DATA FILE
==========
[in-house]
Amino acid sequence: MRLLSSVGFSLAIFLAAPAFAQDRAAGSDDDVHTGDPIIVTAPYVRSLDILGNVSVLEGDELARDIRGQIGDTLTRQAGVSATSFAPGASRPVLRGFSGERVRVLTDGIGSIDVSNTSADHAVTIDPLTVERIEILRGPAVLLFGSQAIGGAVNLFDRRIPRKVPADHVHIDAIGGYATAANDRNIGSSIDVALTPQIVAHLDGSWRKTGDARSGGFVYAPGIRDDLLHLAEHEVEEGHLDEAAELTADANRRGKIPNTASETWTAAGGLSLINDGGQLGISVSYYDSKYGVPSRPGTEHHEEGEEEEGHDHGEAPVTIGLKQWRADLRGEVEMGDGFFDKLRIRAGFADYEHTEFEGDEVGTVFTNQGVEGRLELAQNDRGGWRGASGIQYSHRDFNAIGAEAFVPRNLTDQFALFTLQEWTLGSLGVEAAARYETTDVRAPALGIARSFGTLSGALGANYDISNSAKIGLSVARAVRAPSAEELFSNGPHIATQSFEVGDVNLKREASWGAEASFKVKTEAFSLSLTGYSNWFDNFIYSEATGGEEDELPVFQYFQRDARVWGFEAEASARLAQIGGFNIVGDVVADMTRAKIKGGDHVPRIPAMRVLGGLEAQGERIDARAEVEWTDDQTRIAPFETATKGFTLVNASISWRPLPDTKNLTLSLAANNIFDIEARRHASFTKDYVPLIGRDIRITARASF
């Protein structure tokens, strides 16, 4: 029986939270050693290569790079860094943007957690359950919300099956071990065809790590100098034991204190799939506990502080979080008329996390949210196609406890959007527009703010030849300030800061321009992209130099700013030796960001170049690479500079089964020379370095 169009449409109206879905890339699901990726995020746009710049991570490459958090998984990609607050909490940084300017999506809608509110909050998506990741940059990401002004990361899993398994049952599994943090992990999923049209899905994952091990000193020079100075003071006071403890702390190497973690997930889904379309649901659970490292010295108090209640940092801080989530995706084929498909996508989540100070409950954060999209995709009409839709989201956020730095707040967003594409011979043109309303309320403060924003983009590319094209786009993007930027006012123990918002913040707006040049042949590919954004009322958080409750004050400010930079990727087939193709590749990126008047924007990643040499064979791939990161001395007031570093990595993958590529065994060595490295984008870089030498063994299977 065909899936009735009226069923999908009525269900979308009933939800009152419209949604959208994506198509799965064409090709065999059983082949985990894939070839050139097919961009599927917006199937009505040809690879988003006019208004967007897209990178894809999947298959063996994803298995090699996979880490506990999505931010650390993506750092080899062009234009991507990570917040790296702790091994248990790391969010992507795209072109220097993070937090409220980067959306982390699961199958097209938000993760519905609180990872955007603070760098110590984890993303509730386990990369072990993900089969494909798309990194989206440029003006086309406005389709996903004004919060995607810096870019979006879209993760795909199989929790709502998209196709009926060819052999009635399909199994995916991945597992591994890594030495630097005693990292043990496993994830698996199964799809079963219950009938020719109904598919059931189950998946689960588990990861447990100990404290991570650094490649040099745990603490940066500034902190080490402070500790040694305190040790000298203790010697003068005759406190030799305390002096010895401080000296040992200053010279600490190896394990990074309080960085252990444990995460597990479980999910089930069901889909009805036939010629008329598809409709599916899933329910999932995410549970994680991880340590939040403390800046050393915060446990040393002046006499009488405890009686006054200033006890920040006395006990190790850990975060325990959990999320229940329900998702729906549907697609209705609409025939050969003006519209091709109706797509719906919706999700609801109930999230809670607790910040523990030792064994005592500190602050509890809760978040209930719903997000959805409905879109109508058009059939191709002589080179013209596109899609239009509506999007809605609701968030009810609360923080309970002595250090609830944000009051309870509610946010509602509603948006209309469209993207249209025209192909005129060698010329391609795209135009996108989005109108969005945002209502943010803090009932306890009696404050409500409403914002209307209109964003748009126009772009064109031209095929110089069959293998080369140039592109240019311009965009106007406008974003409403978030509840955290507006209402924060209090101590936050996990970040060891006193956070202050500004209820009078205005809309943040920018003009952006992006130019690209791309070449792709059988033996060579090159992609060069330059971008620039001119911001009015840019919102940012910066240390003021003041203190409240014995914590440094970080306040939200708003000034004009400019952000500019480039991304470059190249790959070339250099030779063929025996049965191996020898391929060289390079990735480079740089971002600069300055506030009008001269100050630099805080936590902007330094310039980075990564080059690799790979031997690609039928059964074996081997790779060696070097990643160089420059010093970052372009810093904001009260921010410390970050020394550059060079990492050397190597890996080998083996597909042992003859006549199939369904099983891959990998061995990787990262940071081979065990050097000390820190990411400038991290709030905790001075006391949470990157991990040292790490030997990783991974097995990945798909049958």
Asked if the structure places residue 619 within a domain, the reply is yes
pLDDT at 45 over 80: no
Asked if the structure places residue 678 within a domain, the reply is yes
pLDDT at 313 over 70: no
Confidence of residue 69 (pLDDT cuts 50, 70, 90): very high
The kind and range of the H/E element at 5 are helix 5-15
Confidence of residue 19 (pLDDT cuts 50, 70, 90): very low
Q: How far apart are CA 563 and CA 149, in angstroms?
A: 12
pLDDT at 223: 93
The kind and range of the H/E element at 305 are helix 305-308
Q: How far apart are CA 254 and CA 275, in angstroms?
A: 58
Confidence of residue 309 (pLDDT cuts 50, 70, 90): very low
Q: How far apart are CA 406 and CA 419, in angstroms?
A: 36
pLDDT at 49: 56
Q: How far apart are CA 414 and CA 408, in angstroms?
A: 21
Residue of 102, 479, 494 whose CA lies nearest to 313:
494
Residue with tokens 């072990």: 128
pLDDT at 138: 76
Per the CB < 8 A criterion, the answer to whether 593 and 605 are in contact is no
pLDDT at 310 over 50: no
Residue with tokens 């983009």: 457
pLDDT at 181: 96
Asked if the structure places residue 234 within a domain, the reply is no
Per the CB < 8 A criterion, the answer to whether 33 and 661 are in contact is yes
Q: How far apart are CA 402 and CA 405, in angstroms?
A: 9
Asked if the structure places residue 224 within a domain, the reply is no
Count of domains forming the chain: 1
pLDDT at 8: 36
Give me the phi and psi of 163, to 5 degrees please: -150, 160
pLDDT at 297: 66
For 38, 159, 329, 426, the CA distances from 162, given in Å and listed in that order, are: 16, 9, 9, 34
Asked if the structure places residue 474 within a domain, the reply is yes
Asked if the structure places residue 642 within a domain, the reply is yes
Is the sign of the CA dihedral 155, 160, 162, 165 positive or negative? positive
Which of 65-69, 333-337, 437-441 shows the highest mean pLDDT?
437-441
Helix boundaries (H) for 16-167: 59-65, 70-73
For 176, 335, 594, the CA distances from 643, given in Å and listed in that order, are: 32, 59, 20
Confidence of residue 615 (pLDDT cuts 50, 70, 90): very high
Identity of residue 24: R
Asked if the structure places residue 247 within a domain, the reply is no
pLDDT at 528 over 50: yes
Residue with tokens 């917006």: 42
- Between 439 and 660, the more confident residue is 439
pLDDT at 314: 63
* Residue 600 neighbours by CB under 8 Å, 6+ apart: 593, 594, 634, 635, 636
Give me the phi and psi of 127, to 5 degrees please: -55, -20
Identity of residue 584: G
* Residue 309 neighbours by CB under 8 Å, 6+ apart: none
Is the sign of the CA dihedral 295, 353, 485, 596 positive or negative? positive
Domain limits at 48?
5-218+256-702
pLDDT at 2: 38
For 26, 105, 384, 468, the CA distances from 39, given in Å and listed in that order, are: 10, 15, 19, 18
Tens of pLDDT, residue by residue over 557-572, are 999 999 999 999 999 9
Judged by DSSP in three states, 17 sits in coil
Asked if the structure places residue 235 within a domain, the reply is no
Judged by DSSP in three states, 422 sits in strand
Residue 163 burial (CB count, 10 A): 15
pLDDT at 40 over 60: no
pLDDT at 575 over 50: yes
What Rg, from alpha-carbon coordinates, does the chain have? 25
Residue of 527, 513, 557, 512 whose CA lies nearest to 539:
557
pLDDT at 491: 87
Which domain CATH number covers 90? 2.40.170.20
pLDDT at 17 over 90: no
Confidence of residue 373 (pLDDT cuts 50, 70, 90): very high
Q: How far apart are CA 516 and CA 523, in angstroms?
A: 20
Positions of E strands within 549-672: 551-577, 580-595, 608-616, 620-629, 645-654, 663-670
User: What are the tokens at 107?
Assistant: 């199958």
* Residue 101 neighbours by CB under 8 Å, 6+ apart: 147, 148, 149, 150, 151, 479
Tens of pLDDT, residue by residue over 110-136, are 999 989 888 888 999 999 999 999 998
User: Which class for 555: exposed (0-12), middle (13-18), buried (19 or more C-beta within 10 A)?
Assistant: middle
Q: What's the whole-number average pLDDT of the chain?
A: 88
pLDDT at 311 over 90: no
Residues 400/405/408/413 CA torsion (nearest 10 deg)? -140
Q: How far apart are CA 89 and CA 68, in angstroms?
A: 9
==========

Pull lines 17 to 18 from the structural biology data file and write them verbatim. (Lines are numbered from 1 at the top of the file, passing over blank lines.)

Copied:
Confidence of residue 309 (pLDDT cuts 50, 70, 90): very low
Q: How far apart are CA 406 and CA 419, in angstroms?